AboutYoshifumi Fukada (Ed.D., University of San Francisco; Ph.D. candidate, University of Tokyo) is a Professor at Toyo University in Tokyo, Japan. His research interests involve L2 learners’ situated learning, dynamic identities, and agency and motivation in language learning and TL-mediated socializing (both in and out of class). His recent publications include ‘An ethnographic case study of one Korean international student’s TL-mediated socializing in affinity space of the host country,’ (Internationalisation and Transnationalisation in Higher Education, Peter Lang, 2018), ‘Whole language approach.’ (The TESOL Encyclopedia of English Language Teaching, Wiley-Blackwell, 2018), and L2 learning during study abroad: The creation of affinity spaces (Springer, 2019). Yoshifumi Fukada's homepage: https://sites.google.com/site/yoshifumifukadahomepage/
Teacher Development The TD & CUE SIG Forum on Communities of Practice more
Sun, Jul 10, 11:45-13:15 Asia/Tokyo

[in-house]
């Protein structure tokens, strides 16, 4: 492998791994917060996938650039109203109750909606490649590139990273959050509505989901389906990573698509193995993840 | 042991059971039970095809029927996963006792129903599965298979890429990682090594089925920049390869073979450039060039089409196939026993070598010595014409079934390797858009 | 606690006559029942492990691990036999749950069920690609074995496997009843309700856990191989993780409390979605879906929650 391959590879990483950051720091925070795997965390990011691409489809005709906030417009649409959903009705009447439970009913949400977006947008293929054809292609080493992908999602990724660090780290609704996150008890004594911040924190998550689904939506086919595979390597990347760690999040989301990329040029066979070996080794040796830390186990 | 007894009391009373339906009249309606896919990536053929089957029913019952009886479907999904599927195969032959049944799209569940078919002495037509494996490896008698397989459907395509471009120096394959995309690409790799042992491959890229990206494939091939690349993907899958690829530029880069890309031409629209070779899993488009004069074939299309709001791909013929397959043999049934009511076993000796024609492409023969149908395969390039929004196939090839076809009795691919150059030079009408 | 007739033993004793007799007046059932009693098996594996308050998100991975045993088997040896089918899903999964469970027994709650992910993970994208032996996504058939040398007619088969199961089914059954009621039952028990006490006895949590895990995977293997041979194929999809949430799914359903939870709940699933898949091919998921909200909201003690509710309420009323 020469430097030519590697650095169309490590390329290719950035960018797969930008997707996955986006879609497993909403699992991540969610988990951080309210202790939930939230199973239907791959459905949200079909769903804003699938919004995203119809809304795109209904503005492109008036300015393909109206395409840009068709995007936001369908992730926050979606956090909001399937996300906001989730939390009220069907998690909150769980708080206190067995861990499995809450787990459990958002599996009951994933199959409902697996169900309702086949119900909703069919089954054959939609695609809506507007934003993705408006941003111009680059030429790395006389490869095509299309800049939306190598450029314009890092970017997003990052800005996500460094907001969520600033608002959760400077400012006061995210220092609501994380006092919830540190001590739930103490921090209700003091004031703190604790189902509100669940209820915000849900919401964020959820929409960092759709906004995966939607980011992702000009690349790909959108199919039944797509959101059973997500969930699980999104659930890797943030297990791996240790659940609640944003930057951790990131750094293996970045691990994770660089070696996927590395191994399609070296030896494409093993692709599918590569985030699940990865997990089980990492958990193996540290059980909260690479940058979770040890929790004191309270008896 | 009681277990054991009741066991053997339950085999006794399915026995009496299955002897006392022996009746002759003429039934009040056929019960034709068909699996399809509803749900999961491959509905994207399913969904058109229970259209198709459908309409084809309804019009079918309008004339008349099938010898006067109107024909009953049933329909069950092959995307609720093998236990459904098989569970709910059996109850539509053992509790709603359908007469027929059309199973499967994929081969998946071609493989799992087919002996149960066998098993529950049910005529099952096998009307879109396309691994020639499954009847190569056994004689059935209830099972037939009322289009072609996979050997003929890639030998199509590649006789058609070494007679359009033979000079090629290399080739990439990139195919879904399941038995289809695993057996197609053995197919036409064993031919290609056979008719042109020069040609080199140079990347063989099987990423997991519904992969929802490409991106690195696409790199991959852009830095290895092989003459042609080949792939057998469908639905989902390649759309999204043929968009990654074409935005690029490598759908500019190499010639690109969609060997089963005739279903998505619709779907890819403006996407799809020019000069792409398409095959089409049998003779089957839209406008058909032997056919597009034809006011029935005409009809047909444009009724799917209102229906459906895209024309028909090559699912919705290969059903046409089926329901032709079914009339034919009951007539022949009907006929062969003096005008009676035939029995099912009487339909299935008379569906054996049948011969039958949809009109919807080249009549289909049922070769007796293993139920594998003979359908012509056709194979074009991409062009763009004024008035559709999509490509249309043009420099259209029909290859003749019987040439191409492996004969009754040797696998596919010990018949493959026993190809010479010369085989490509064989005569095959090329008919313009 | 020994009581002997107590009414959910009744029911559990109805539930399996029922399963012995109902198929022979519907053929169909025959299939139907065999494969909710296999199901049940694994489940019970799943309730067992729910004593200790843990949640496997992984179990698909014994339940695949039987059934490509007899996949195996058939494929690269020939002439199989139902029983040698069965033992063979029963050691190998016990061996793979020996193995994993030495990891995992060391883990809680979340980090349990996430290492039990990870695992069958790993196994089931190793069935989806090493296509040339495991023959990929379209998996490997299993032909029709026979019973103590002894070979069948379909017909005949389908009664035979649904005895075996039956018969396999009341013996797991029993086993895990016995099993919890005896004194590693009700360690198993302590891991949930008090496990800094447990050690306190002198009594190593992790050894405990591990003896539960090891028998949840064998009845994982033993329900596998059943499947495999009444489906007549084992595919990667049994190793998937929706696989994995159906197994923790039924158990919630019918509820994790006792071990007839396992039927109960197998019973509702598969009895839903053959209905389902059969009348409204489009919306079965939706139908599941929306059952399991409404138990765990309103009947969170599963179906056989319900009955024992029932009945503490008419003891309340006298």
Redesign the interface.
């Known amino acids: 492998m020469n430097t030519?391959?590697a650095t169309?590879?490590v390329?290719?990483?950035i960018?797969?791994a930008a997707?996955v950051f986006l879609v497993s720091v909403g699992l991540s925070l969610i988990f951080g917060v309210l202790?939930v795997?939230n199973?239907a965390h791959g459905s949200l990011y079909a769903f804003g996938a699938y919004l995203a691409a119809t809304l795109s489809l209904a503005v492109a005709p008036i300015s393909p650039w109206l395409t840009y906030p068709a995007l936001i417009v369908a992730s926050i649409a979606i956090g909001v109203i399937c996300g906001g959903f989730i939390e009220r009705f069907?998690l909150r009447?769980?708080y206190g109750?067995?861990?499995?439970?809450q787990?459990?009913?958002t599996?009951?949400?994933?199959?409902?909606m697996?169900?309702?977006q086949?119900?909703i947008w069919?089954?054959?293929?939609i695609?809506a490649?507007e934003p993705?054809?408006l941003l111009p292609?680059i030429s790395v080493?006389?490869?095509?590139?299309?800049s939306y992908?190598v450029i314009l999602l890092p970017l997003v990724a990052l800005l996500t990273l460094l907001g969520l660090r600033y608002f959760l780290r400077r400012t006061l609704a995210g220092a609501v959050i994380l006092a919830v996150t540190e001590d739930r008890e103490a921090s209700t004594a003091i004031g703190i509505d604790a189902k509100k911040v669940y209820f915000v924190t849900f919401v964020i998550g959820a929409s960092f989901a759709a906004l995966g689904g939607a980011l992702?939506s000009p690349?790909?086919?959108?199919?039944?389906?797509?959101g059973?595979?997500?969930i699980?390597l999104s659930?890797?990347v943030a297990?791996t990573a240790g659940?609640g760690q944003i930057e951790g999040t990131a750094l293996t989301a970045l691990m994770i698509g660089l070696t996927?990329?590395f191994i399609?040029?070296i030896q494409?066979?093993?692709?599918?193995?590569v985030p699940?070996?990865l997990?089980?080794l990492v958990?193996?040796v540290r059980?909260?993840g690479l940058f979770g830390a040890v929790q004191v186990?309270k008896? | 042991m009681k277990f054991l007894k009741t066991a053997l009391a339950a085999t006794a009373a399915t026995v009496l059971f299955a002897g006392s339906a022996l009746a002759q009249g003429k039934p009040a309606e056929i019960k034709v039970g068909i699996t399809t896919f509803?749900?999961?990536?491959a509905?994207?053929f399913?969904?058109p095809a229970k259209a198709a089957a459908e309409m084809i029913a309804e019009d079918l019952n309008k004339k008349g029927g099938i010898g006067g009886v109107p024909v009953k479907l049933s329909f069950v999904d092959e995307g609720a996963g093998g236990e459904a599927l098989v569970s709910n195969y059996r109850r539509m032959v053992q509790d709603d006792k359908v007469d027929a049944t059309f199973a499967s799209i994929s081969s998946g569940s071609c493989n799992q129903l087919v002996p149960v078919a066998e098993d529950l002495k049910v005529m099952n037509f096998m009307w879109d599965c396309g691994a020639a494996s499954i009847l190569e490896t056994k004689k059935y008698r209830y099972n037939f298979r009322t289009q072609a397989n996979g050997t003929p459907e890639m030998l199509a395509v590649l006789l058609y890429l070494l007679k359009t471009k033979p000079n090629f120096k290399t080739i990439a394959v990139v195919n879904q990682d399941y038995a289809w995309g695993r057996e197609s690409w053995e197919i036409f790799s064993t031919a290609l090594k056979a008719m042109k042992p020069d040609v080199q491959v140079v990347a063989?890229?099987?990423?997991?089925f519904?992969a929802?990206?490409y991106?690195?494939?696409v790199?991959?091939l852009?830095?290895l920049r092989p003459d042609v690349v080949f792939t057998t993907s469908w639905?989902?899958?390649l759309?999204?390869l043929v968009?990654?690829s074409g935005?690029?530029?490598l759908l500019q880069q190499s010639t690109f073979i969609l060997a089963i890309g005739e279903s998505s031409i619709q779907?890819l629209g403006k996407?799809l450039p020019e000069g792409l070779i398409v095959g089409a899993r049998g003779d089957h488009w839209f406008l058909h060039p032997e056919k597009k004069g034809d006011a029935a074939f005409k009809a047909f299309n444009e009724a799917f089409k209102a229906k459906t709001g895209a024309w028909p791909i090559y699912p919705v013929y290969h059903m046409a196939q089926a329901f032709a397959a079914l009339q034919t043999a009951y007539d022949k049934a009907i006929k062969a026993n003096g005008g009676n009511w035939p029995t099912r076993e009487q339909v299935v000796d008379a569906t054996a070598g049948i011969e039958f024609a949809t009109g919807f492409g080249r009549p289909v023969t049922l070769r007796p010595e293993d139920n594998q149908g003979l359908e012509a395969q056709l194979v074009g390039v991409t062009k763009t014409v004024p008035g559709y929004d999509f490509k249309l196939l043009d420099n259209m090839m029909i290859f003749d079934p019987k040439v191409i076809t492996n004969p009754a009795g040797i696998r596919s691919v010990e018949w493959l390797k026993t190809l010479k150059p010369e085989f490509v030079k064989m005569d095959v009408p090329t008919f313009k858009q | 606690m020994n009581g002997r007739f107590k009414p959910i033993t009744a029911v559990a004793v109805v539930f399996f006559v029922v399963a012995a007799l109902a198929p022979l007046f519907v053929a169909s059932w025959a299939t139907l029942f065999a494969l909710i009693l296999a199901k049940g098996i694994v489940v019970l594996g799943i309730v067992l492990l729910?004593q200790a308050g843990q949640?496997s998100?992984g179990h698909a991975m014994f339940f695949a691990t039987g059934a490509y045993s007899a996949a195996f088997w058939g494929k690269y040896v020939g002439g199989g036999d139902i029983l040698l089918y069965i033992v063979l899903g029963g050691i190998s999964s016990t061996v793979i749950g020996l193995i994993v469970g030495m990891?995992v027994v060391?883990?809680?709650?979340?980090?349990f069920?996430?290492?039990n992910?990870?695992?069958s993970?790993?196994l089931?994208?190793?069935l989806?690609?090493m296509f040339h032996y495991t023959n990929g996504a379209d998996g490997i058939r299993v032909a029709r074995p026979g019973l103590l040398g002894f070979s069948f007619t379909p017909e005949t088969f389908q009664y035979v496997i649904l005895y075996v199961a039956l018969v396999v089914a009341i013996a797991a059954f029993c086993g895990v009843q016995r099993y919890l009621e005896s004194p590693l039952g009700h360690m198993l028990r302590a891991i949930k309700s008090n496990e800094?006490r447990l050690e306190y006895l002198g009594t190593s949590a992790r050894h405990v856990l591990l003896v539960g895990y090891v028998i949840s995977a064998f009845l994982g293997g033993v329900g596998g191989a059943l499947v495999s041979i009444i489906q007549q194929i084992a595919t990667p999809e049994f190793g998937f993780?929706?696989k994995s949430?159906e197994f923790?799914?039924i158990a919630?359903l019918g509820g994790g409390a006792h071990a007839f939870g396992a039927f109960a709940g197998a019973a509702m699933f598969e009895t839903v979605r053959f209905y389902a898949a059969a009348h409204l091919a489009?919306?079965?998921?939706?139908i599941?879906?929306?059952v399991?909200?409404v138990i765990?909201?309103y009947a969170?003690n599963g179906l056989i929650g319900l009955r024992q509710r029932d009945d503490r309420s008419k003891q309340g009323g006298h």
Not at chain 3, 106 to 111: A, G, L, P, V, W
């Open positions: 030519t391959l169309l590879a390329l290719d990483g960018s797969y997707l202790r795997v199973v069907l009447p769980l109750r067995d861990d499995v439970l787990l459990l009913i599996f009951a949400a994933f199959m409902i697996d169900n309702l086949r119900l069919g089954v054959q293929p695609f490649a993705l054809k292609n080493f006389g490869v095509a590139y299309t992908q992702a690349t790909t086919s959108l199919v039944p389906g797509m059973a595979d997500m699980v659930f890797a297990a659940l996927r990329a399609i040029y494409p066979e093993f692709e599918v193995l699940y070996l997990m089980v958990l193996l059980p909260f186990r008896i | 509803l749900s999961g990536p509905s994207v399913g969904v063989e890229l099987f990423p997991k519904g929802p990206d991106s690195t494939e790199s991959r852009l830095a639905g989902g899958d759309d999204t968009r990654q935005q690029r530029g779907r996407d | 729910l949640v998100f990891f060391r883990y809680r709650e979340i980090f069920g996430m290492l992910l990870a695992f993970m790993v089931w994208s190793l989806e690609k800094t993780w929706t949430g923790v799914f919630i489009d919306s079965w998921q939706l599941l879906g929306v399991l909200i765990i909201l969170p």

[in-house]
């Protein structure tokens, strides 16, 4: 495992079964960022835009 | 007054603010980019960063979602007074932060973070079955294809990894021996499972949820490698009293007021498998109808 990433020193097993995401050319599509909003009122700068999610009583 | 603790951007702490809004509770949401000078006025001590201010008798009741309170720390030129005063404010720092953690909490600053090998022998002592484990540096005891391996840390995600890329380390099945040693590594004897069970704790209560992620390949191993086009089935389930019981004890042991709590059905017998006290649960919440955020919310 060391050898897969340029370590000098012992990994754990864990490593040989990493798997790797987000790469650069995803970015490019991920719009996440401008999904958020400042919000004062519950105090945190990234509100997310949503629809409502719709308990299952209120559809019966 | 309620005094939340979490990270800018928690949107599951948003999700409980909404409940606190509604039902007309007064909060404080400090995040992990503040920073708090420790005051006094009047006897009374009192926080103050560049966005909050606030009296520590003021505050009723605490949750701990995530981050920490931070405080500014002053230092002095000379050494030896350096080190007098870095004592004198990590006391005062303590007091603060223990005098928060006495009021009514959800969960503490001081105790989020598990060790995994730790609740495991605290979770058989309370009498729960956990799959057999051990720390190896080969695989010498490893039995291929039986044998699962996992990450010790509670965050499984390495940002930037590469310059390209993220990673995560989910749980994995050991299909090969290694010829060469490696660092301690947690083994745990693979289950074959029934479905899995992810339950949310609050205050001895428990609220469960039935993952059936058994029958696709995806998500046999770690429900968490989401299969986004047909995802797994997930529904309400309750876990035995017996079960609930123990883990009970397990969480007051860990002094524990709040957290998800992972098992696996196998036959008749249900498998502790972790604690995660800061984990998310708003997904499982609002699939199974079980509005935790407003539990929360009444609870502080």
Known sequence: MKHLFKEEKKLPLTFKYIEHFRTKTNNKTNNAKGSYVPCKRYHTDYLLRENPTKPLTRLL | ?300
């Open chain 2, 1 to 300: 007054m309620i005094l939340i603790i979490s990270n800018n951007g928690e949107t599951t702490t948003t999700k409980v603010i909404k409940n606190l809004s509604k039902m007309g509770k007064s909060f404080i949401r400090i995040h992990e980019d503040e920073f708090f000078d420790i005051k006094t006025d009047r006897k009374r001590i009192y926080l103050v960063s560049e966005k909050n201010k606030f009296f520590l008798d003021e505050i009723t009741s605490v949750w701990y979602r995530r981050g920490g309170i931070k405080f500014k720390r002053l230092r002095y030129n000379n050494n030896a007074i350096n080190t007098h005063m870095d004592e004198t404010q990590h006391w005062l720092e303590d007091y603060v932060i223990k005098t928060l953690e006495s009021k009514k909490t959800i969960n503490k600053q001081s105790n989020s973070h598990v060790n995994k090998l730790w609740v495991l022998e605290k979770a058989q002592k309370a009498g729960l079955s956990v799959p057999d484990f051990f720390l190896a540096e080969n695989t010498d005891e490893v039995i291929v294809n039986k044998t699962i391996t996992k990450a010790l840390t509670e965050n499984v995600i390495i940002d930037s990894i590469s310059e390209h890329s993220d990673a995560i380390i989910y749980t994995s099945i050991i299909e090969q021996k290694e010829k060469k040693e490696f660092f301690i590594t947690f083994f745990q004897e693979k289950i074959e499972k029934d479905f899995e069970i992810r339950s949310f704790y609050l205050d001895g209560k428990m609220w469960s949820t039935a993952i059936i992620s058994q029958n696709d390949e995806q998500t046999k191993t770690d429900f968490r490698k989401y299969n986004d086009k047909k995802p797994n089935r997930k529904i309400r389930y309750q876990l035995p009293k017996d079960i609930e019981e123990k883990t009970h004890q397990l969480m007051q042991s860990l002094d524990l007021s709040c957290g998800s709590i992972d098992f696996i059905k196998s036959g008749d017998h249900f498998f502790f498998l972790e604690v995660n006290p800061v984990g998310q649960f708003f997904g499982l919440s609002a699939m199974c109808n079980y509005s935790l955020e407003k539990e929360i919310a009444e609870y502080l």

The TD and CUE SIG will hold their annual joint forum on the topic of Communities of Practice (CoPs). Such communities can be teachers, students, company workers, or otherwise, who form in organic or natural ways. The CoP members hold a common aim or concern for the activities they do and learn how to improve as they interact regularly within the group. Some participants may be more senior in age or experience than others, thus giving way to a learning experience and successful conclusion of their efforts for everyone. The forum speakers are university and professional educators with a specific background as a member or researcher ofCoPs. James Bury will inform us about the positive outcomes achieved as a result of encouraging colleagues at two separate workplaces to interact with research, question their own teaching practices, engage in their own practice-based investigations, and then share their findings with each other. Yoshifumi Fukada will explain how Japanese EFL/ESL learners actively engaged themselves in English-mediated socialization and grew as English users and as persons in a project-based English education program held in Japan and during studying abroad. Daniel Hooper will describe the shared goals, interpersonal relationships, and local repertoire of tools that emerged from a small reflective practice group for university teachers that met regularly to discuss critical incidents they experienced in their working lives and to explore their own professional identity. Barbara Hoskins Sakamoto will talk about the potential of informal online communities to improve teachers' professional and personal lives, sharing specific examples of the meaningful impact observed with teachers in a unique English for Teachers program, and the factors that made positive changes possible.